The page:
Wednesday, February 13, 2008

The Power of Suicide in Mrs. Dalloway

Suicide, though long considered a cultural taboo (and in many cases, mortal sin) by Western culture, has a literary tradition espousing it as the ultimate expression of power. In moments of desperation, characters may commit suicide in order to retain what tiny measure of control they retain over their own lives. It is a theme that seems particularly prevalent in feminist literature, and Virginia Woolf's Mrs. Dalloway provides an excellent example.

My own first encounter with this theme was Kate Chopin's The Awakening. Published in 1899, it is a narrative detailing the metaphysical awakening of a repressed New Orleans socialite. As Chopin details Edna Pontellier’s journey of self-discovery, it quickly becomes evident that the male-dominated social sphere she inhabits has no tolerance for a woman who is aware of and exercises her own ability and sexuality. Rather than resign herself to the life that has been built for her, with a husband that provides for her and children that depend on her, she walks naked into the ocean, taking her own life.

Mrs. Dalloway, Woolf treads a similar ground with the character of Septimus. Rather than have his most private thoughts violated and his every action limited by the incessant attentions of psychiatrists, the mad poet Septimus leaps through a window to his death. Woolf’s main protagonist, the noble yet equally repressed Clarissa Dalloway, takes comfort at this character’s suicide later in the novel, wondering if he had "plunged holding his treasure." (Woolf, 184) This connection Clarissa makes with Septimus, a man she had never met, gives her strength and saves her from her own dark thoughts of suicide, as the gravity of his own decision allows her to reach an epiphany of control.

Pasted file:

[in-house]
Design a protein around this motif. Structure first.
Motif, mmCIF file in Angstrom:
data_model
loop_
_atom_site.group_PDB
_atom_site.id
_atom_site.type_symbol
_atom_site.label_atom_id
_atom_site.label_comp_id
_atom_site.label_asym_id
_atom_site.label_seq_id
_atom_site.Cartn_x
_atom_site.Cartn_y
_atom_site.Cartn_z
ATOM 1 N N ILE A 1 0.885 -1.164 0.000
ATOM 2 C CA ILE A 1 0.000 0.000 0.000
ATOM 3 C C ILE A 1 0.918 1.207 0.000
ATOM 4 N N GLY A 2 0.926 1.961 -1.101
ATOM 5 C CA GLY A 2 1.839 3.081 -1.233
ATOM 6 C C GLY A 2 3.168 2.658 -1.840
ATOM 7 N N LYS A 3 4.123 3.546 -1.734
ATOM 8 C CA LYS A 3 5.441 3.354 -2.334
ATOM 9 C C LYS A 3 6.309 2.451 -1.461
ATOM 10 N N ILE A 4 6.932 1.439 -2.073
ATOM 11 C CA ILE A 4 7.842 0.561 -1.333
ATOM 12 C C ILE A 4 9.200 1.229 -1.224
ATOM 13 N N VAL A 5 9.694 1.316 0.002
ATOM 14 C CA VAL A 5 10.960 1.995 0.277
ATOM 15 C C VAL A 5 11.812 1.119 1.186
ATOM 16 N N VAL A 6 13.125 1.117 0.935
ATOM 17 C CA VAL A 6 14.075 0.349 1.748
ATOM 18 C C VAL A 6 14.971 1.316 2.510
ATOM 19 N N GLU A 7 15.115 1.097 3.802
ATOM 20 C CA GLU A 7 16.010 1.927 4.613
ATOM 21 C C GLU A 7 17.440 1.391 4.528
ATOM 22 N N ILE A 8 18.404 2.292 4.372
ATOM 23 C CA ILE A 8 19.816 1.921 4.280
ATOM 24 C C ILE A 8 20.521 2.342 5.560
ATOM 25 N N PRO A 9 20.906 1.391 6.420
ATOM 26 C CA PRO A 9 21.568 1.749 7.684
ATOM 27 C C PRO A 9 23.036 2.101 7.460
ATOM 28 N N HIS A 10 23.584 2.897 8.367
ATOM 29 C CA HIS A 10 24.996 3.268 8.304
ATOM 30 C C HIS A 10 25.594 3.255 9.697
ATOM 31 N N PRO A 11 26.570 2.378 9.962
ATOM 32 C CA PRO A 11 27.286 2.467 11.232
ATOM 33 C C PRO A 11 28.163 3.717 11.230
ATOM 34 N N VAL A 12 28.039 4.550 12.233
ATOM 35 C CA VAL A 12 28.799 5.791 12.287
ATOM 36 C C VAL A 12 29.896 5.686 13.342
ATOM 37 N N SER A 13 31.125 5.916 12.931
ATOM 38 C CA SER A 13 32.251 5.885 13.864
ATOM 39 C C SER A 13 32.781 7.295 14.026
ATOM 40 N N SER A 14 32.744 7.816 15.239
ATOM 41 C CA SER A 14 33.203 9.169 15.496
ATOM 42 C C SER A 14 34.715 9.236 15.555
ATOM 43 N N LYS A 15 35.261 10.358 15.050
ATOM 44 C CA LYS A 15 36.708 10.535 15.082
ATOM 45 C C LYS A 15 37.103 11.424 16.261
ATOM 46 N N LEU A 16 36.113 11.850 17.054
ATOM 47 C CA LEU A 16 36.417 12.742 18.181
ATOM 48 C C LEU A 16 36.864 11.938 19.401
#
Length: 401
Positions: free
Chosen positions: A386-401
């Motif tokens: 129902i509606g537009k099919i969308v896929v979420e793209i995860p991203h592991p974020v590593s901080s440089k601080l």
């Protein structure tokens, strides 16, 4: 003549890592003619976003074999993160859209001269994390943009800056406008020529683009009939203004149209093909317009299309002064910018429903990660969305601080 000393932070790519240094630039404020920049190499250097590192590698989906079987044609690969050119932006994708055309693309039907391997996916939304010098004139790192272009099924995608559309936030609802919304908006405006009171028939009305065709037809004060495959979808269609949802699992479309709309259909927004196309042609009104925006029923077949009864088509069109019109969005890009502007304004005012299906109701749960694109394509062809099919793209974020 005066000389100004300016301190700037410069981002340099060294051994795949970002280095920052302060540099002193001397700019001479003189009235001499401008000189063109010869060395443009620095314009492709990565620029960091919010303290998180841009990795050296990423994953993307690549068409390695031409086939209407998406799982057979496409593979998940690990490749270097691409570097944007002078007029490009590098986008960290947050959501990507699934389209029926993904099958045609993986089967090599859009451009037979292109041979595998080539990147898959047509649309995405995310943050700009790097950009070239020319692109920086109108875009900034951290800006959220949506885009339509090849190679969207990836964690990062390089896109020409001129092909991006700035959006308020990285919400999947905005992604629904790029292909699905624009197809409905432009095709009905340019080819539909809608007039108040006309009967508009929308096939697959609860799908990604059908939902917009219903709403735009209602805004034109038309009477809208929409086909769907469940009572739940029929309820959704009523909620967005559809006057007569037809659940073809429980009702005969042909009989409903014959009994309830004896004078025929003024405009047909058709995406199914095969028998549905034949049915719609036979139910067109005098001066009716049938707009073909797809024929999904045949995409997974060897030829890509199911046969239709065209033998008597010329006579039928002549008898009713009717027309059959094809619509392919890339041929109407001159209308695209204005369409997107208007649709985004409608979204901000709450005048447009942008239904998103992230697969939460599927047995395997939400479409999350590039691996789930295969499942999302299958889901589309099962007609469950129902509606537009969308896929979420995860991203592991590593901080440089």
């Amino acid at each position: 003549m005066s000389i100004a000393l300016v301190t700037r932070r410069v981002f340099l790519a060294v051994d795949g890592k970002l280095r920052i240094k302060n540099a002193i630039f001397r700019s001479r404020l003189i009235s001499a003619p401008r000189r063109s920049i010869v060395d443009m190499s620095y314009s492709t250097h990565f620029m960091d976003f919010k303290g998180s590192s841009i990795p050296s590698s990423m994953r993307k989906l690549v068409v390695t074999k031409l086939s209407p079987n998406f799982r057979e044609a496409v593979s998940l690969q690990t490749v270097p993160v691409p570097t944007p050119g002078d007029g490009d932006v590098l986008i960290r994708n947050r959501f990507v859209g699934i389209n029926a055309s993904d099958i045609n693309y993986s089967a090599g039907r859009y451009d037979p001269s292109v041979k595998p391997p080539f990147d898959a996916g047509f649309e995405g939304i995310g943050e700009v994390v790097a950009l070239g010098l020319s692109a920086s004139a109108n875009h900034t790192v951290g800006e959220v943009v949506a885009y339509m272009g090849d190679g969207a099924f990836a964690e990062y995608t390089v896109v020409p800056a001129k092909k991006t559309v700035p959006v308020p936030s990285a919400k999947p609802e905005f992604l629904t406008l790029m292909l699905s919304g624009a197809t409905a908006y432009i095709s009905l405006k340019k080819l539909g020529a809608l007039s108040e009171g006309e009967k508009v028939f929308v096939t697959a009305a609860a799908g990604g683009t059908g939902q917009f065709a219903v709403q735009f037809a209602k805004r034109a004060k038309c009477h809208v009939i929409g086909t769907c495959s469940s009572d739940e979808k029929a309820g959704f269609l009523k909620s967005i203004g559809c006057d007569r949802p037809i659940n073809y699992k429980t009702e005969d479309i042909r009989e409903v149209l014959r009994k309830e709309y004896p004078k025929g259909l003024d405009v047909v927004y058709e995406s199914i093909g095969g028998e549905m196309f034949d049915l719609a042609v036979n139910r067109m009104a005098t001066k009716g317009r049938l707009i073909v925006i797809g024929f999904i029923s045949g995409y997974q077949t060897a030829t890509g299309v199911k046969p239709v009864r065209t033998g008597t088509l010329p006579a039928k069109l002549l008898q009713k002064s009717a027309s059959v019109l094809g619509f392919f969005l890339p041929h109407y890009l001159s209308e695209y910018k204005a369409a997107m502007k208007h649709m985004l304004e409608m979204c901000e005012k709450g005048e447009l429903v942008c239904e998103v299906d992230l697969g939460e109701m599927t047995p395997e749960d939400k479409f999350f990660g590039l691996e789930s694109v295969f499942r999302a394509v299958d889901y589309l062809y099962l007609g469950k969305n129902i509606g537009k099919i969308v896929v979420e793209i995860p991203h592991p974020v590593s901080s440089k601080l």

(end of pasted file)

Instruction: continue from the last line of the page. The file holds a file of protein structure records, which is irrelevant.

Erin Sells said...

Good parallel to the standard suicide of many feminist texts. Woolf changes it up here with Septimus--she shows that it's an expression of power for anyone who is being oppressed by society, not just women.

I was thinking about this after watching "Dead Poets Society" again the other day--I've never really 'bought' Neil's suicide in that movie--but it does fit the mold of the oppressed figure making an assertion of his agency. I think Septimus's suicide seems more plausible to me because of the extent of his societal 'injuries'--PTSD, mental illness, a crisis of masculinity, class discrimination (and the list goes on).

Adam Stoller said...

I agree with Professor Sells. I don't think Wolf or other feminist writers intend for suicide to become the typical literary expression of women's power. Notably, Septimus is a man and the strongest character in the novel, Killman, who is also oppressed, is a woman.

I think the main point is that one can either stand up to society and suffer its scorn or retreat to the sweat release of death.